Slavery remains more ubiquitous in memory and culture than any other historical crime or tragedy. In recent weeks, we have seen Bernie Grant MP making passionate calls for the site of a slave ship's wreck to be made a national memorial and linking this discovery to his campaign for slaves' descendants to be paid reparations. Jazz trumpeter Wynton Marsalis has just given the London premiere of Blood on the Fields, a musical history of slavery in the US. The flow of imaginative treatments ranges from Alex Haley's Roots and its influential TV adaptation to novels by Toni Morrison and Caryl Phillips. Only the Holocaust, which still remains within living memory, arouses such deep emotion.
It is a particular kind of slavery that continues to haunt us: the enslavement of Africans by Europeans in the New World between the 15th and 19th centuries. Almost all societies have at some time had some form of slavery. The greatest overview, Orlando Patterson's Slavery and Social Death, enumerates more than 100 polities, ancient and modern, that were decisively dependent on it. New World slavery and the transatlantic trade that fed it, though, were unique in their scale and probably their harshness. They were intertwined with racial ideologies that still poison every society they affected. And they transformed four continents - North and South America, Africa and Europe - as a central part of the birth of the modern world.
Yet this vast theme has not, for decades, had a comprehensive treatment. Nearly all modern research deals with particular slave societies - above all the southern US. Almost no one has had the skills or nerve to survey the entire, ocean-wide, centuries-long process, treating the English, French, Dutch, Portuguese, Spanish and other Atlantic slave systems together. Robin Blackburn's book triumphantly fills this gap. He has been working backwards: in his 1988 book The Overthrow of Colonial Slavery, he surveyed the end of the British, French and Spanish slave systems. Now he delves back to their birth.
The breadth of knowledge this requires is intimidating enough. Yet more difficult is the question of tone. Much of the cultural afterlife of slavery involves the kind of emotion-laden "memory" which is at odds with accurate reconstruction. The uneasy hybridity between history and fiction in Haley's Roots or (on a higher level) Morrison's Beloved is symptomatic. Slavery intersects with various bitter contemporary disputes, especially in the US. Foolish and sometimes repugnant controversies have ensued over issues such as the role of Jews in the slave trade - in reality, minuscule. So have wild claims about numbers, with some African-American writers asserting that 200 million Africans were enslaved or killed and that any lower estimate is a racist evasion. (As if the real total of 12 to 15 million victims were not terrible enough.)
Leaving such excesses aside, a division has opened between those who stress the sadism and suffering of Atlantic slavery, and those who emphasise the trade's careful business rationality. The story of slavery from one aspect resembles that of Auschwitz; from another, it is part of the history of entrepreneurship.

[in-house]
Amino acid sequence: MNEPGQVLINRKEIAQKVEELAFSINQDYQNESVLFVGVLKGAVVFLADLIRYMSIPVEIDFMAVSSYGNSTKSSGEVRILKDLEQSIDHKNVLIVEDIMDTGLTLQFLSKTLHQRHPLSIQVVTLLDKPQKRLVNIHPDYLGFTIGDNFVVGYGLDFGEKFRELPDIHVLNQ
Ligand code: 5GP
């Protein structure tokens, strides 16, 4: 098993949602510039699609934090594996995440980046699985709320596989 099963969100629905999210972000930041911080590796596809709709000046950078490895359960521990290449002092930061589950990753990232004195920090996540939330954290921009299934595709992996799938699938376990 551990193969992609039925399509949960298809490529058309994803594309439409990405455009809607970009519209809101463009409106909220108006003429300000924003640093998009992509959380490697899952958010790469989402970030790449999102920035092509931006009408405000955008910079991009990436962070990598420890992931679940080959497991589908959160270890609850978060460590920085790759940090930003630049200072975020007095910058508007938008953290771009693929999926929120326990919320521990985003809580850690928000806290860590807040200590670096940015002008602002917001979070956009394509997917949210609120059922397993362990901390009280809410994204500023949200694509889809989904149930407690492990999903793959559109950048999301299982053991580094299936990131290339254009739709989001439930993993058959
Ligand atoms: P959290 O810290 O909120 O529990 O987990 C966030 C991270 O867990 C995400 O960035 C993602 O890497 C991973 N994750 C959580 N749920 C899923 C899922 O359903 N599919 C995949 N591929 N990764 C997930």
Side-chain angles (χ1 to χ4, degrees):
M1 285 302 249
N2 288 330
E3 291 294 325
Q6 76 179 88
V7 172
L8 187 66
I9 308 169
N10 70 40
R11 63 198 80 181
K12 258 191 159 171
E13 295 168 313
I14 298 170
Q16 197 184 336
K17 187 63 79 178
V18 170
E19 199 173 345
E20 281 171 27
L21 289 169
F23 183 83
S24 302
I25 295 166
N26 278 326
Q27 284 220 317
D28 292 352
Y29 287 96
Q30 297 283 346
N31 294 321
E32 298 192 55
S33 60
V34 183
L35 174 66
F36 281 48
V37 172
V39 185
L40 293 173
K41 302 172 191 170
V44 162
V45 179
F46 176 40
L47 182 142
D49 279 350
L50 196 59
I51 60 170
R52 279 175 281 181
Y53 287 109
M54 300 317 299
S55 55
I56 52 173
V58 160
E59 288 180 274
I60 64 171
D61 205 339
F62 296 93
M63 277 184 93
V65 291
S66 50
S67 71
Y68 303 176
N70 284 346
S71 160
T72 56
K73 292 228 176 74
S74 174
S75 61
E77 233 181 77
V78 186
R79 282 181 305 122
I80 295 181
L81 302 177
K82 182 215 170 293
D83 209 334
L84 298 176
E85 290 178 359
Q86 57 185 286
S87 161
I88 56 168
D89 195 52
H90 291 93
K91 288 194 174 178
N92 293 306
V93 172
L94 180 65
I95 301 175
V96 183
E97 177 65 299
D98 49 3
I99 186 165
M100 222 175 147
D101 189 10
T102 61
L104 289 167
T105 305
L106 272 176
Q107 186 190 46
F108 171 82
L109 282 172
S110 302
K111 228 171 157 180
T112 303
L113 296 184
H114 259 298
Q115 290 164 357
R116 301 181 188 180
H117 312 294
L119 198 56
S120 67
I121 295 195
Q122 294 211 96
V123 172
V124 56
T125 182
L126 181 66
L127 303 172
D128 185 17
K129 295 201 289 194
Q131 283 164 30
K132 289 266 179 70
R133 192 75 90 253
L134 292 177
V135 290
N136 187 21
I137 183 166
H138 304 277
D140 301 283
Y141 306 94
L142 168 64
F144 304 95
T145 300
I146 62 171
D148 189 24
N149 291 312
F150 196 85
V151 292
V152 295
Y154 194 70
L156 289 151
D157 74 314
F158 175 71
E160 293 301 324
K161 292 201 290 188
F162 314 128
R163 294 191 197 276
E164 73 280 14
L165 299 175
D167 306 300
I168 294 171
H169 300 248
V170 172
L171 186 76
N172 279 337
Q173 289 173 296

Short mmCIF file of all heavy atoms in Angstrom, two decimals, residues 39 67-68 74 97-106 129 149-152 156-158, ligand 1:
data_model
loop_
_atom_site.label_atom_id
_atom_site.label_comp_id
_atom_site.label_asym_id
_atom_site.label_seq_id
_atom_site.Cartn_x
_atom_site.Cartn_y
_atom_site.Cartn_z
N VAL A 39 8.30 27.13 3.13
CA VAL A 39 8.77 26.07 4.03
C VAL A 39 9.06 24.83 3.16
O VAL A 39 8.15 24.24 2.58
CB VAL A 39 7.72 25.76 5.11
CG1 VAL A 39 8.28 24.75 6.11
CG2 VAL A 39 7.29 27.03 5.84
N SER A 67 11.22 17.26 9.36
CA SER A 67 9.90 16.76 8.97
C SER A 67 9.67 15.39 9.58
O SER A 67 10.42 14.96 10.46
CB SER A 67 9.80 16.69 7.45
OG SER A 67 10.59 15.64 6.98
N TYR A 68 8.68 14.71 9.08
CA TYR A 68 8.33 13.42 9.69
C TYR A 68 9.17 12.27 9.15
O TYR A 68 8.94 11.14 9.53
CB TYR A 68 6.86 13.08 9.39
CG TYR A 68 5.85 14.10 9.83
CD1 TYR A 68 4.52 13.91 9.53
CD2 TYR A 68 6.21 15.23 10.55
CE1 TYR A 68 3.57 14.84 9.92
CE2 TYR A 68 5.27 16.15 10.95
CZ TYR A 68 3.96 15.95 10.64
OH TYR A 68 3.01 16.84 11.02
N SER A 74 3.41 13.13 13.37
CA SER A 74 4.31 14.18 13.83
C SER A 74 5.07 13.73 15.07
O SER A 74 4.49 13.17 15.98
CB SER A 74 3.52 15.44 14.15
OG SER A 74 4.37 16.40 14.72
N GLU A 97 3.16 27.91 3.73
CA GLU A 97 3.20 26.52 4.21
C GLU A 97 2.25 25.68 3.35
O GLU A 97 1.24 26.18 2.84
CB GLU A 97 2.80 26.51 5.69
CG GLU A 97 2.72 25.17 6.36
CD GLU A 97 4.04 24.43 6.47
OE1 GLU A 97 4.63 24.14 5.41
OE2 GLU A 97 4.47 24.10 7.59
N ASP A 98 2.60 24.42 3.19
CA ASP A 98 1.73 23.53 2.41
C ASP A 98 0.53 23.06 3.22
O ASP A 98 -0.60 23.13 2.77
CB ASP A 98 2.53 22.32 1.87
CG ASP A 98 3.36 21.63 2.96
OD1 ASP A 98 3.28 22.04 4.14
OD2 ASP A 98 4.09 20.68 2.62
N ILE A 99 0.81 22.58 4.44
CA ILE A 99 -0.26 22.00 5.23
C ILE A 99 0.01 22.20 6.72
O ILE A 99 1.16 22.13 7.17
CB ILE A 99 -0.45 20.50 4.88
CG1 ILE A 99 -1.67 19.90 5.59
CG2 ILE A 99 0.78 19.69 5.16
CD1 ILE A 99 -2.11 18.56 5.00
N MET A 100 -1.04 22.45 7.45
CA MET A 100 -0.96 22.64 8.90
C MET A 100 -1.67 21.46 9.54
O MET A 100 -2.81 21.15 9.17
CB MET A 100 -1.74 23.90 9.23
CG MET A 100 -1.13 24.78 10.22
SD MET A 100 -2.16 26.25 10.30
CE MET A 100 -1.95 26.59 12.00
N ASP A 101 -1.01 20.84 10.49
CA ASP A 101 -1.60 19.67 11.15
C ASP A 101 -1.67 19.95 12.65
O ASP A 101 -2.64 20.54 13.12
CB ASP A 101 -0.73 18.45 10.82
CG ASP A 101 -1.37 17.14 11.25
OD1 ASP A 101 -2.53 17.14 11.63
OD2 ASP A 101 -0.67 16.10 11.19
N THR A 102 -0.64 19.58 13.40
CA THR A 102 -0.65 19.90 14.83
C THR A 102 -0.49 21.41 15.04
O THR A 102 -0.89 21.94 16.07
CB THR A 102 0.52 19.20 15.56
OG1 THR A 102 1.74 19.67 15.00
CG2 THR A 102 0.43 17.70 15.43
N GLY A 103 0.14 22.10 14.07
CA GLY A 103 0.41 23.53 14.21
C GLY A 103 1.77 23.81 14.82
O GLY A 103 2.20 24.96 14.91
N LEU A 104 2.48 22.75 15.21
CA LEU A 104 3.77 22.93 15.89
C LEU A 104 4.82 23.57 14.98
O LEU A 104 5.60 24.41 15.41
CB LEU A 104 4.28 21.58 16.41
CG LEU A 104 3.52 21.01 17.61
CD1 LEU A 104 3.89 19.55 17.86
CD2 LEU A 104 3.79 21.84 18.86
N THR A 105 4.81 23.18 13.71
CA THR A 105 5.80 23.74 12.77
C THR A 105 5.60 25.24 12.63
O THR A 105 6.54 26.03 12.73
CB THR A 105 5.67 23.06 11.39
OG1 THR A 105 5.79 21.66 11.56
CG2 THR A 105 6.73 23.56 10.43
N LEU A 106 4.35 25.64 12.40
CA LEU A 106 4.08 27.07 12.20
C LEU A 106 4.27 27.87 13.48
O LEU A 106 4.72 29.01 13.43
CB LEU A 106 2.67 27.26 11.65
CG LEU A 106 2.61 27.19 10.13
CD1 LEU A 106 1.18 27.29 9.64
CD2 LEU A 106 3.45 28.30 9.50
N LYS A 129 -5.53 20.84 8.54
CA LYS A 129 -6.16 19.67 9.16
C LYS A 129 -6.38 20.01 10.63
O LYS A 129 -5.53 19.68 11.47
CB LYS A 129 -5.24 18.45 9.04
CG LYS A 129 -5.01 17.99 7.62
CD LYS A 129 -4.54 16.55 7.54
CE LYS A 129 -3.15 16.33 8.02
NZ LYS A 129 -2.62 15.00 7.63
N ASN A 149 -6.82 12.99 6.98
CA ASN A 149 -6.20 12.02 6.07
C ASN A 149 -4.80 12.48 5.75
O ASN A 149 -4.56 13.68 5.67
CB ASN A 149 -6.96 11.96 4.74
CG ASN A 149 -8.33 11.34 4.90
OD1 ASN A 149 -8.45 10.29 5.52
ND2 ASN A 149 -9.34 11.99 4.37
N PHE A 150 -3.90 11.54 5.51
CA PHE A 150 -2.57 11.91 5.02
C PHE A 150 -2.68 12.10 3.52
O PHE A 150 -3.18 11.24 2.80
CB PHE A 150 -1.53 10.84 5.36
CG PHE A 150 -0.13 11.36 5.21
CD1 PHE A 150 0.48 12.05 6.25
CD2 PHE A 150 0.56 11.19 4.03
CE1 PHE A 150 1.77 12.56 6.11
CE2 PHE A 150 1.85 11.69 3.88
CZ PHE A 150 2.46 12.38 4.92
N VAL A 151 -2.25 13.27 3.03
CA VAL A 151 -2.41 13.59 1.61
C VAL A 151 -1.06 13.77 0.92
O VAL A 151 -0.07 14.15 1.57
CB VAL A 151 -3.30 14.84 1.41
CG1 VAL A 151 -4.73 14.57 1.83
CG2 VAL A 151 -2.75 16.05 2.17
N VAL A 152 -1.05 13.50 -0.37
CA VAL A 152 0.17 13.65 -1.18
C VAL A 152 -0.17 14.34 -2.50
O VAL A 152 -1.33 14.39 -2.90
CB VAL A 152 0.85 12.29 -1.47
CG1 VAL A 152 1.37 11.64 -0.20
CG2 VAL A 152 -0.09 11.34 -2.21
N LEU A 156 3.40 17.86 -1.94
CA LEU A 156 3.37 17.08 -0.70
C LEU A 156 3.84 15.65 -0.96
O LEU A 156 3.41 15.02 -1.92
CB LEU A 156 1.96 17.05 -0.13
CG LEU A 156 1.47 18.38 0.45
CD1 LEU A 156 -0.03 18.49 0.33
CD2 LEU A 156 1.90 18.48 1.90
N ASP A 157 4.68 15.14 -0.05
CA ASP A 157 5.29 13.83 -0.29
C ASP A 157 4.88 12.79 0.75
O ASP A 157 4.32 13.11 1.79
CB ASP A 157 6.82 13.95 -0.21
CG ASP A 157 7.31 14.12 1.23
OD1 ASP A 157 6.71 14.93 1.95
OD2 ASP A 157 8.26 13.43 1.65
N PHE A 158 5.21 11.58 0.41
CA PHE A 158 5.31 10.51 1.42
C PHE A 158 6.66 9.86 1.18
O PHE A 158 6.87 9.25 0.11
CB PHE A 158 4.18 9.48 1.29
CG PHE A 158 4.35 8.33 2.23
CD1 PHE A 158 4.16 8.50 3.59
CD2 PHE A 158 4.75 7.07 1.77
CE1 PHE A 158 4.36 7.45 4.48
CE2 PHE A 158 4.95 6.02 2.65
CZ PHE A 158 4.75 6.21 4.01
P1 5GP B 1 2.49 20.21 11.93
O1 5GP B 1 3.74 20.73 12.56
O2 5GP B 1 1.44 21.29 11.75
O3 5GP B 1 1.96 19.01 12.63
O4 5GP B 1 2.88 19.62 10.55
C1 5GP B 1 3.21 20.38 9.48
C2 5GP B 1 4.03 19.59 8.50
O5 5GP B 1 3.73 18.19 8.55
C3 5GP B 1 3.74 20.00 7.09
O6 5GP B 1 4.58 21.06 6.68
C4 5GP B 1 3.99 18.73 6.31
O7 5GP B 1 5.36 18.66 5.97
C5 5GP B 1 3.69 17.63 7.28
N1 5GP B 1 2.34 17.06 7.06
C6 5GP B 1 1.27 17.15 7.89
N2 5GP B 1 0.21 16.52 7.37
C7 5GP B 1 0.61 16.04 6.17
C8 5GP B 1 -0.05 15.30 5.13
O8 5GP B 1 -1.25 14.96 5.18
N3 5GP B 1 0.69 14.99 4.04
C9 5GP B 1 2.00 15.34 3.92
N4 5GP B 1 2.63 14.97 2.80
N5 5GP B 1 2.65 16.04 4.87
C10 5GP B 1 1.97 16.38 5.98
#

Blackburn handles all this coolly. There is no downplaying of the horrors, but there is none of the didacticism - and little of the Marxism - one might expect from the editor of New Left Review. His most important and disturbing argument is that the evils of slavery were not mainly produced by state action, but by a mass of individual decisions. Although some Europeans condemned the enslavement of Africans from the start, remarkably few of those involved seem to have had moral qualms.
Blackburn traces not only the way the trade developed, but the ideologies that justified it. This involves one of history's great chicken-and-egg questions. Did European beliefs in Africans' natural inferiority arise to legitimate enslavement, or was slavery made possible by prior racist ideas? He rejects an either/or answer, but underlines that both anti-black prejudices and supposed biblical justifications for slavery long preceded the Atlantic trade.
Such views were always contested. Blackburn therefore adds another disconcerting reflection: that slavery was avoidable. Both economic alternatives to its spread and moral critiques of its injustice were fully available at the time it became most extensive and brutal. New World slavery was central to the development of global modernity, but it need not have been so.
Slavery was, he believes, crucial to the emergence of modern capitalism as well. Economic historians have tended to suggest that slavery and colonialism were marginal to Britain's 18th-century prosperity and the Industrial Revolution, but Blackburn strongly argues that British industrialisation was decisively advanced by the exploitation of slave labour. So it might be thought a kind of poetic justice that many of the trade's products - tobacco, sugar, rum - damaged the health of European consumers even as they destroyed the lives of African producers.
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